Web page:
An eminent nobleman found one morning that his house had been broken into and all his belongings stolen.
Instead of sounding alarms, he gathered his wives and children in the courtyard, and without saying anything, took place in their midst, calmly smoking his pipe.
Towards the middle of the morning, two young men arrived. They found the family gathered in silence, and thinking that they were mourning the theft that they had perpetrated the night before, they spread in compassion:
We were out of the village for several days, said one to the nobleman. Back this morning, we were informed of what has happened to you, and we could not leave without coming to commiserate with you.
For all answer, he had them arrested and tied, before telling them what he had been victim of. The young men confessed.
It is since this story that there is an adage which says that we catch the animal by the paw and the man by the word.
Fables des Montagnes de Patrice Kayo, Collection Les CLES de l’avenir, Editions CLE, Yaounde, p. 39 (1998). Translated to English by Dr. Y., Afrolegends.com
From its large leaves, the taro collected water and without gathering any for itself, or absorbing enough, watered its neighbors who bloomed and produced abundantly. For the benefit of others, generous taro forgot itself.
When the dry season came, it was the first to suffer from the lack of water. Turning to its neighbors who had great reserves, it begged them to share enough to survive until the rainy season. Everyone closed their door to its face and fell back on their complacency.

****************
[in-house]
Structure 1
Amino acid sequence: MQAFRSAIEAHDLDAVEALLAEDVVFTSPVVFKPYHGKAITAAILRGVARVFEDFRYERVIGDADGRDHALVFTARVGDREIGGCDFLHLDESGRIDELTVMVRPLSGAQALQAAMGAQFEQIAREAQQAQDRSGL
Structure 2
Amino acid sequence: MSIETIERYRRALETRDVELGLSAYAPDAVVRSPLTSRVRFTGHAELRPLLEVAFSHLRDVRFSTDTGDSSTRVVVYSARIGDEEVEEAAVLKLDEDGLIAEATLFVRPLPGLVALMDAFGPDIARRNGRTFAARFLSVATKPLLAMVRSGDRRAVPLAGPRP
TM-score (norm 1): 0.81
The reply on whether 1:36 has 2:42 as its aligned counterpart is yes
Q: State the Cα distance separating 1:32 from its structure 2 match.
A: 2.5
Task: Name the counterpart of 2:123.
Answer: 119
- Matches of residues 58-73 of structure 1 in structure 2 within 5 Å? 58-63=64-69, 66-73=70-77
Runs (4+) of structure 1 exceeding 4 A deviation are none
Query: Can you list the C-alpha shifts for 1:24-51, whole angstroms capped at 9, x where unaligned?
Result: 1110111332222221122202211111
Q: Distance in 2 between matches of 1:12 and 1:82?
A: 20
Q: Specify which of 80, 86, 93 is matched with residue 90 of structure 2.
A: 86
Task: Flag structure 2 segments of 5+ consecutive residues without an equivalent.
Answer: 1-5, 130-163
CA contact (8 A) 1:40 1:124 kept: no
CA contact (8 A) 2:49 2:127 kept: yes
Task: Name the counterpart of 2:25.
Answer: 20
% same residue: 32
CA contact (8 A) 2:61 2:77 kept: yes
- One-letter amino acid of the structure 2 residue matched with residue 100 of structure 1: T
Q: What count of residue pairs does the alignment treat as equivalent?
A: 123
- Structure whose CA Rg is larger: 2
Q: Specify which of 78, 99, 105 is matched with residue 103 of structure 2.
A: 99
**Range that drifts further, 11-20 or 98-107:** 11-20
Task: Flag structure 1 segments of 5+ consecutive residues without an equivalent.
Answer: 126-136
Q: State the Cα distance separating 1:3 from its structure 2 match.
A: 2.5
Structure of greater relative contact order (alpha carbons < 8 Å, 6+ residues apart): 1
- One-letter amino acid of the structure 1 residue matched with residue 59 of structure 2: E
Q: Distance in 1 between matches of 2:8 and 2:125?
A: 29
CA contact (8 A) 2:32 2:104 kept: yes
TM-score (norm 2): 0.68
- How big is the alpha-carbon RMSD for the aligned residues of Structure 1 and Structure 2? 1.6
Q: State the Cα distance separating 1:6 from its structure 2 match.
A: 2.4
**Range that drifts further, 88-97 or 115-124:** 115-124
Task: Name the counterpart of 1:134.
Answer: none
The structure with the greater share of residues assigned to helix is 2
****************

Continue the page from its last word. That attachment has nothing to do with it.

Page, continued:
It is while dying that he understood that forgetting oneself for the benefit of others is a failure and that one must always be satisfied before adding to others.
Fables des Montagnes de Patrice Kayo, Collection Les CLES de l’avenir, Editions CLE, Yaounde, p. 59 (1998). Translated to English by Dr. Y., Afrolegends.com
The storm was doing her frequent incursions in the forest and, like a raptor that rushes on from the sky and only leaves each time with a chick, she uprooted a tree. Each victim was left to his fate. For the survivors, the attack was only the business of the one who had succumbed. Each closed his door on his blissful quietude.
One morning, the insatiable grim reaper [the storm] stopped in front of the safou tree and started ruffling his hair. Then she [the grim reaper] shook him in all directions to make him understand that his time had come.